Meike usually arranges an overnight hike for her birthday, which always occurs on a holiday in Switzerland thanks to National Day. This year the plan was to travel to Sierre (French part of Wallis) after work and stay in a hotel, hike from Zinal (a village waaaay up in the hills) to Cabane du Mountet the next day, hike to Tracuit hut on day three, then descend back to Zinal on day four. Ambitious perhaps but awesome-sounding!
It was another blastingly hot day. The few minutes you spent in the shade of the valley was a welcome chill before the scorching high-altitude sun. Many excuses were made to have breaks to take long exposure photos of waterfalls.
The path wasn't exactly easy with its slanty, slippery slopes; but you were having a ball bouncing from precariously-balanced rock to rock (even with a nasty backache). By early afternoon glaciers came into view backed by huge mountains of snow and ice. Cabane du Mountet sat on a plateu in splendid simplicity facing the panoramic view of glaciers. Most mountaineers had already arrived and set their boots to dry in the sun. Strangely, they all had the same type of boots (La Sportiva, same as yours but with a green band), totally qualifying your choice in mountaineering shoe.
Day two started with a bad joke: apparently you had to hike back down to Zinal before hiking up again to Tracuit hut. Haha... Oh, wait. They're serious! Fuuuuuuuu! By early afternoon you'd reached the mid-way hut, and the group were feeling the burn of both the sun and strain (and a swollen ankle, Meike). There was talk of just staying there but hut was booked out, so on you went towards the hard bit.
The path crossed banks of water cascades spotted with plants of all kinds and lots of water-logged bridges. It traversed rock fields spun with tiny spiders webs (cute), and then followed the ridge's razor-edge towards a glacier (somehow accessible to sheep). From the high point you could see Tracuithütte aaaaaall the way on the other side of a massive valley. It was to be a long day.
After some very unstable rocks, slippery snowfields, squeaky Marmotts and one hell of a last ascent, you arrived at Tracuit just in time for tea. The hut had just been rebuilt and sat teetering precariously on the edge of the cliff. The dining hall had huge glass windows which leaned outward to let you see the valley below. The hüttenwart managed to feed all 100 guests, even Sandra and Stefen who came in just as dinner was served.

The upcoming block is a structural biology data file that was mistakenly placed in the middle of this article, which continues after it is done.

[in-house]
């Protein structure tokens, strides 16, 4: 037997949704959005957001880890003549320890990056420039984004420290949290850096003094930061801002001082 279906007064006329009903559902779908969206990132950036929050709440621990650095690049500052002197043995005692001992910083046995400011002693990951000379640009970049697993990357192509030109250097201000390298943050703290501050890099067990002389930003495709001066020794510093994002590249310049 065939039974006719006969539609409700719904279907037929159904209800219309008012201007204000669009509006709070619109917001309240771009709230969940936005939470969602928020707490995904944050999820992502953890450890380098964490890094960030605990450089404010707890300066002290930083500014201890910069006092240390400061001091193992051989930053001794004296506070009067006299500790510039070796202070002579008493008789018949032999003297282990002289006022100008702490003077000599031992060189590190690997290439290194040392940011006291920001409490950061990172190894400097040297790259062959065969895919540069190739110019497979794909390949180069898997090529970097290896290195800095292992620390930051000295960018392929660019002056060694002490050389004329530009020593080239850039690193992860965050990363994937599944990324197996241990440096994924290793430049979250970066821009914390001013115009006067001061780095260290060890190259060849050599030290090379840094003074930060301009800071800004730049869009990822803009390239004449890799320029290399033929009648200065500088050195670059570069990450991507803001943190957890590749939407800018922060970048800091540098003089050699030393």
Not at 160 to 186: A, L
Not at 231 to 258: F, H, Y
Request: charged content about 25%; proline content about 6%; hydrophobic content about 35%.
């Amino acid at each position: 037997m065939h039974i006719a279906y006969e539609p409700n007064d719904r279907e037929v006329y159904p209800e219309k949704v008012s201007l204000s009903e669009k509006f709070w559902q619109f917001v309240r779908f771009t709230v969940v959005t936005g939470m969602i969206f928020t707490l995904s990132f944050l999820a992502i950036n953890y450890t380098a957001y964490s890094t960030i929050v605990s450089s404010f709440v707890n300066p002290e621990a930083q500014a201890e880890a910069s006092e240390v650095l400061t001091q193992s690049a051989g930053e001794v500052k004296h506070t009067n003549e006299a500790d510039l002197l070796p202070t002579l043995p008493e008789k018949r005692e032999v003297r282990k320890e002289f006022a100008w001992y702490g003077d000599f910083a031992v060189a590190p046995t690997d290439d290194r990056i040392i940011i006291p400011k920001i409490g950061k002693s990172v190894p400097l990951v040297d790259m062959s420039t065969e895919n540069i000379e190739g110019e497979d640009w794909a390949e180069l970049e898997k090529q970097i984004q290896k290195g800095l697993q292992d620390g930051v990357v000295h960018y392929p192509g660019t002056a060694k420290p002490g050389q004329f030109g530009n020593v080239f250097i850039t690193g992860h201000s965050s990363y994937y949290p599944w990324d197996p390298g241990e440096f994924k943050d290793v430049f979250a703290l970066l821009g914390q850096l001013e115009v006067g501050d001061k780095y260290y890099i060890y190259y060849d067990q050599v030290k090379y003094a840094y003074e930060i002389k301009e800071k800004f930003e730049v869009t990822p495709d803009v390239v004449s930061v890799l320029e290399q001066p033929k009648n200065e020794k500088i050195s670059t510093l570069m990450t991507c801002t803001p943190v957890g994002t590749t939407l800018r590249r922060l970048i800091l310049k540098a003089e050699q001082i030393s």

Day three was nothing special until you arrived back in Zinal and dunked your feet into the local fountain. Aaaaaaahh, so much better! The bus ride back to Sierre took about an hour, and your driver was a serious ballsy bloke: he took corners to the millimeter, narrowly missing barriers and other traffic. You would later learn from Matthias (your bus expert friend from Thun) that some drivers close their eyes at the last minute. This you did not wanna know.
Rain during the week while you're at work makes you happy. It's a gambler's fallacy betting rain now = sun later, but it rang true for your last Summer hike.
Glaulihütte sits near Gauli glacier in a valley behind Interlaken. Gaulihütte is close to the glacier at 2205m, so popular with mountaineers rather than casual hikers. The main attraction is to visit the wrecked remains of the Dakota - a plane which crashed in 1946, exemplified as the first significant instance of Swiss mountain rescue. The plane was lost under snow only to reappear further downhill 66 years later, transported by the glacier.
The hike etched its way carefully along the steep sides of the valley towards the hut. After this week's constant rain the valley walls and hiking track were awash with torrents. The hills seemed to be at saturation point and water wash gushing forth.
Being such a nice sunny day, every stream and rock pool begged to be jumped into. You found yourself a beautifully deep basin on the river and fell in - literally, when you slipped off a rock. It was excruciating! The waster was so cold you could barely breathe as you scrambled to safety and hunched into a ball shivering. It was freshly melted glacier after all.
Nearing the hut, the valley became a scene from The Lord of the Rings. Everywhere a swathe of luscious flowing green sewn with tiny streams so clear you could barely see the water; a few sheep grazing here and there, and huge faw-away mountains decorated with faintly-blue glaciers. It was magnificent! It was the most beautiful scene you've ever seen.
The hut was at capacity. You were actually lucky you all got a bed, even if it was in the loft. Somehow it's just made it even better that way. After a few rounds of UNO (playing 0's and 7's rules, naturally) and freezing your tits off, you came inside for tea and story time. This particular hut was host to one of many Swiss TV folk tail events, and your hüttenwart was rearing to provide some post-dinner entertainment. She told a story about two elderly mountain ladies complaining about washing too many cloths, and drinking schnapps until they started to see circus aminals (drunky-talk). Your storyteller was really good; she must be into theatre sports.
That night you slept cozily under the roof with your forehead pressed against slanting ceiling (the bed was too short). You were so happy to be warm and comfortable up in the mountains in your silk sleeping bag with no cares in the world. Even the 4am alarm which seemed to ring forever, calling the more motivated mountaineers into action, didn't phase you. You enjoyed a marvelous breakfast with all the space and time in the world.
The hike down detoured towards the glacier - no circus animals but millions of frogs - and down beside a huge chain of waterfalls. Your tough as nails 7D didn't mind a little water spray while taking long exposure, shots of them.